Assuming their metabolism isn't far higher than their size would suggest (it has to be higher than a human's, but they ought not to need more food, water, and oxygen than a house cat at that size), they'll find it much easier than we did.
The first humans into orbit required multiple tonnes of life support and thermal protection equipment, equipment with size and mass determined by the size and mass and metabolism of an adult human. Your one-foot humans wouldn't need anything like as much space or as much oxygen/water/food per hour (even though it'll be more consumables per mass of astronauts because small creatures have higher metabolisms).
Compare Sputnik 2, which carried a dog named Laika into orbit (the first mammal to orbit the Earth): it was only about twice the mass of Sputnik 1, the very first artificial satellite. Gagarin's capsule, by contrast, was more than fifty times as heavy. And Laika was significantly heavier than your little people.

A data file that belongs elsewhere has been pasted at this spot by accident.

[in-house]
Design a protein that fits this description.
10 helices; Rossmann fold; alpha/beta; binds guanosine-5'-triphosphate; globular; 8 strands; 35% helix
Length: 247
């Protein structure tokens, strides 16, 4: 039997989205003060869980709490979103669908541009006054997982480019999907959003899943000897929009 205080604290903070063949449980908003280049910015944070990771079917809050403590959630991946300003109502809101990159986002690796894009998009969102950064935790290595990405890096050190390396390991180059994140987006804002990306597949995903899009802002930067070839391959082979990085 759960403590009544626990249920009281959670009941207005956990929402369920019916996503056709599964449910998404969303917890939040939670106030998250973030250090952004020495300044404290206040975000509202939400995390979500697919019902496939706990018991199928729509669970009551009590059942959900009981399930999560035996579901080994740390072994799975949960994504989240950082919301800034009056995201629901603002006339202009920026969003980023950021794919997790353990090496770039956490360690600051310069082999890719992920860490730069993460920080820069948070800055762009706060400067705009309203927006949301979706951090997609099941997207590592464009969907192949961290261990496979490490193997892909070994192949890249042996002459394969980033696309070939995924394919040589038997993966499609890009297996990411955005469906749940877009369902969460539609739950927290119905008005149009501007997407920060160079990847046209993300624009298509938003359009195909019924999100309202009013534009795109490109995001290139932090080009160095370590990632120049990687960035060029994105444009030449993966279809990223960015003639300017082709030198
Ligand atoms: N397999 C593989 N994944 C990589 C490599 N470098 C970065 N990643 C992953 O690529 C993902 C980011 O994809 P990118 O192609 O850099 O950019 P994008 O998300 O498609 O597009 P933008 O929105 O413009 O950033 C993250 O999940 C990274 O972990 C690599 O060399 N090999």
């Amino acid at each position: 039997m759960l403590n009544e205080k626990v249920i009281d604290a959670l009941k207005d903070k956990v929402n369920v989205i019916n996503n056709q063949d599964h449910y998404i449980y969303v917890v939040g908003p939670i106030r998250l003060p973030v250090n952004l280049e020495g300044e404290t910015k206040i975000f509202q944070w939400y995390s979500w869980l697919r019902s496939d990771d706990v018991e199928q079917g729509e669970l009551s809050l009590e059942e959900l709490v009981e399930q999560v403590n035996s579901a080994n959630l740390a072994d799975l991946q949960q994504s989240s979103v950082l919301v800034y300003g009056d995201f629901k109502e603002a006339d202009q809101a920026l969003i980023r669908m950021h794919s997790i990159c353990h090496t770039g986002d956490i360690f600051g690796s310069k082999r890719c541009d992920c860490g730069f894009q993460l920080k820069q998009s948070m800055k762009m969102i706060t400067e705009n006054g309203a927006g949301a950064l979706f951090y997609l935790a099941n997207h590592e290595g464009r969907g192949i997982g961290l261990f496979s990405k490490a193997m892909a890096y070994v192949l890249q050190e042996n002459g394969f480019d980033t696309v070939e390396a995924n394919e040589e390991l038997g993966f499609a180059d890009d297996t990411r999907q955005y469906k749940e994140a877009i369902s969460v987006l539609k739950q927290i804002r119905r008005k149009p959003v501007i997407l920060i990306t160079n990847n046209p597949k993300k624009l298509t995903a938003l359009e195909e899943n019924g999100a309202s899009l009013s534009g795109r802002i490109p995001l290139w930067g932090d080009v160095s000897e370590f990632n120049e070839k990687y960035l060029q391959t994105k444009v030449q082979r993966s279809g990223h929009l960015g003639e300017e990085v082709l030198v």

They need to carry only a fraction of the support and needing a lot less space means their capsule can weigh a lot less. Therefore, their stand-in for a Mercury spacecraft, which required a second-generation Atlas booster to reach orbit, would weigh no more than a tenth as much -- which means the rocket that launches it can also weigh a tenth as much.
To put it in technological stages, humans going into orbit had to wait until kerosene-burning rocket engines were available -- but your little people can go into orbit with two- or three-stage alcohol burners, which means they can (if they choose) go, relatively speaking, about a decade before we did -- and start building space stations with the launchers we used to put the first people into orbit.